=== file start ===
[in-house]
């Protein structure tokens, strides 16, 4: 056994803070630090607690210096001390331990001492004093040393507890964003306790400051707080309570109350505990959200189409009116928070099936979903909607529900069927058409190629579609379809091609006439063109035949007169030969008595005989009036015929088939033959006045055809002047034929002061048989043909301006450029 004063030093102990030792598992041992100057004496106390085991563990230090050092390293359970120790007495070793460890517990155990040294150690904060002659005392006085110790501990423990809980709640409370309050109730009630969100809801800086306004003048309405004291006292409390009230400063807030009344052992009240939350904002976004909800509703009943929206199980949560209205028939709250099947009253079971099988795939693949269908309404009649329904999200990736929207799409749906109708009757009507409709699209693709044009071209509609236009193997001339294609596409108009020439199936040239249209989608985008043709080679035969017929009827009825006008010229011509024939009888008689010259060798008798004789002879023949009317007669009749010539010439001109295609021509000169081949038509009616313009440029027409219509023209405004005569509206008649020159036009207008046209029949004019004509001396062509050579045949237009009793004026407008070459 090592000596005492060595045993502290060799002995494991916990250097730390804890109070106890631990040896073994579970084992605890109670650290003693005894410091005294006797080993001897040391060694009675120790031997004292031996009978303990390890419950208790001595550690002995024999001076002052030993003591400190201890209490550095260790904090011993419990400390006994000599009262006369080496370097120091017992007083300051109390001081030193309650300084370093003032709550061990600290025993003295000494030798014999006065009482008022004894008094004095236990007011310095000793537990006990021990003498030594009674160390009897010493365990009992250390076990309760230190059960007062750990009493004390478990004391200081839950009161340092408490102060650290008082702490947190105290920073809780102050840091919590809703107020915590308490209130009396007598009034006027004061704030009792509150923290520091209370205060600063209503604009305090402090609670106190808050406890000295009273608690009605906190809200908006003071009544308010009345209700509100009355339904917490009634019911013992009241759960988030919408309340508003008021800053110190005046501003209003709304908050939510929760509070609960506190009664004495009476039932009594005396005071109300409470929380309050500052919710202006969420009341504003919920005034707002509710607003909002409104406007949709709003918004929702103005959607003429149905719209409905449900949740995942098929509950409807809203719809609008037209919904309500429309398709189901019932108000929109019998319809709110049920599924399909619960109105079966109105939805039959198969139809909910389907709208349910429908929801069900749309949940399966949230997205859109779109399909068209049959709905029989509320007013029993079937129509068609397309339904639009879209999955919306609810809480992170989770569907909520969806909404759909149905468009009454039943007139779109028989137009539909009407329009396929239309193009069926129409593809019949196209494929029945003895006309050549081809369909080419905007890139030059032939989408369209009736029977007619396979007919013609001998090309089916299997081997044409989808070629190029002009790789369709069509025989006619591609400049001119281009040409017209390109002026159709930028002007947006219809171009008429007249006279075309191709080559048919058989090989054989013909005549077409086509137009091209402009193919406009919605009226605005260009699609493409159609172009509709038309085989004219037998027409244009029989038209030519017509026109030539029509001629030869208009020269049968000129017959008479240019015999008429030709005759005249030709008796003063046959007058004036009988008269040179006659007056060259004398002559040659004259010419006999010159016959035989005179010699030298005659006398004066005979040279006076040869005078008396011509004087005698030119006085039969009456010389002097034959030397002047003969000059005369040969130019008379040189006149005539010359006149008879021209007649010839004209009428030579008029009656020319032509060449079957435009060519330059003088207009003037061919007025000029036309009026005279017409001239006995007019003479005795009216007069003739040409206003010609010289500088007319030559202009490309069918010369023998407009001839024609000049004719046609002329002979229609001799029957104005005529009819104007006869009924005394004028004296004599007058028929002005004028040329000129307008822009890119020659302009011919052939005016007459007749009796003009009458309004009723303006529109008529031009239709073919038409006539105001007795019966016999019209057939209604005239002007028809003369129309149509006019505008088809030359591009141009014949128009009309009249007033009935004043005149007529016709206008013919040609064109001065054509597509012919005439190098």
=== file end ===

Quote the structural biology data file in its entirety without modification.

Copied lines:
[in-house]
């Protein structure tokens, strides 16, 4: 056994803070630090607690210096001390331990001492004093040393507890964003306790400051707080309570109350505990959200189409009116928070099936979903909607529900069927058409190629579609379809091609006439063109035949007169030969008595005989009036015929088939033959006045055809002047034929002061048989043909301006450029 004063030093102990030792598992041992100057004496106390085991563990230090050092390293359970120790007495070793460890517990155990040294150690904060002659005392006085110790501990423990809980709640409370309050109730009630969100809801800086306004003048309405004291006292409390009230400063807030009344052992009240939350904002976004909800509703009943929206199980949560209205028939709250099947009253079971099988795939693949269908309404009649329904999200990736929207799409749906109708009757009507409709699209693709044009071209509609236009193997001339294609596409108009020439199936040239249209989608985008043709080679035969017929009827009825006008010229011509024939009888008689010259060798008798004789002879023949009317007669009749010539010439001109295609021509000169081949038509009616313009440029027409219509023209405004005569509206008649020159036009207008046209029949004019004509001396062509050579045949237009009793004026407008070459 090592000596005492060595045993502290060799002995494991916990250097730390804890109070106890631990040896073994579970084992605890109670650290003693005894410091005294006797080993001897040391060694009675120790031997004292031996009978303990390890419950208790001595550690002995024999001076002052030993003591400190201890209490550095260790904090011993419990400390006994000599009262006369080496370097120091017992007083300051109390001081030193309650300084370093003032709550061990600290025993003295000494030798014999006065009482008022004894008094004095236990007011310095000793537990006990021990003498030594009674160390009897010493365990009992250390076990309760230190059960007062750990009493004390478990004391200081839950009161340092408490102060650290008082702490947190105290920073809780102050840091919590809703107020915590308490209130009396007598009034006027004061704030009792509150923290520091209370205060600063209503604009305090402090609670106190808050406890000295009273608690009605906190809200908006003071009544308010009345209700509100009355339904917490009634019911013992009241759960988030919408309340508003008021800053110190005046501003209003709304908050939510929760509070609960506190009664004495009476039932009594005396005071109300409470929380309050500052919710202006969420009341504003919920005034707002509710607003909002409104406007949709709003918004929702103005959607003429149905719209409905449900949740995942098929509950409807809203719809609008037209919904309500429309398709189901019932108000929109019998319809709110049920599924399909619960109105079966109105939805039959198969139809909910389907709208349910429908929801069900749309949940399966949230997205859109779109399909068209049959709905029989509320007013029993079937129509068609397309339904639009879209999955919306609810809480992170989770569907909520969806909404759909149905468009009454039943007139779109028989137009539909009407329009396929239309193009069926129409593809019949196209494929029945003895006309050549081809369909080419905007890139030059032939989408369209009736029977007619396979007919013609001998090309089916299997081997044409989808070629190029002009790789369709069509025989006619591609400049001119281009040409017209390109002026159709930028002007947006219809171009008429007249006279075309191709080559048919058989090989054989013909005549077409086509137009091209402009193919406009919605009226605005260009699609493409159609172009509709038309085989004219037998027409244009029989038209030519017509026109030539029509001629030869208009020269049968000129017959008479240019015999008429030709005759005249030709008796003063046959007058004036009988008269040179006659007056060259004398002559040659004259010419006999010159016959035989005179010699030298005659006398004066005979040279006076040869005078008396011509004087005698030119006085039969009456010389002097034959030397002047003969000059005369040969130019008379040189006149005539010359006149008879021209007649010839004209009428030579008029009656020319032509060449079957435009060519330059003088207009003037061919007025000029036309009026005279017409001239006995007019003479005795009216007069003739040409206003010609010289500088007319030559202009490309069918010369023998407009001839024609000049004719046609002329002979229609001799029957104005005529009819104007006869009924005394004028004296004599007058028929002005004028040329000129307008822009890119020659302009011919052939005016007459007749009796003009009458309004009723303006529109008529031009239709073919038409006539105001007795019966016999019209057939209604005239002007028809003369129309149509006019505008088809030359591009141009014949128009009309009249007033009935004043005149007529016709206008013919040609064109001065054509597509012919005439190098």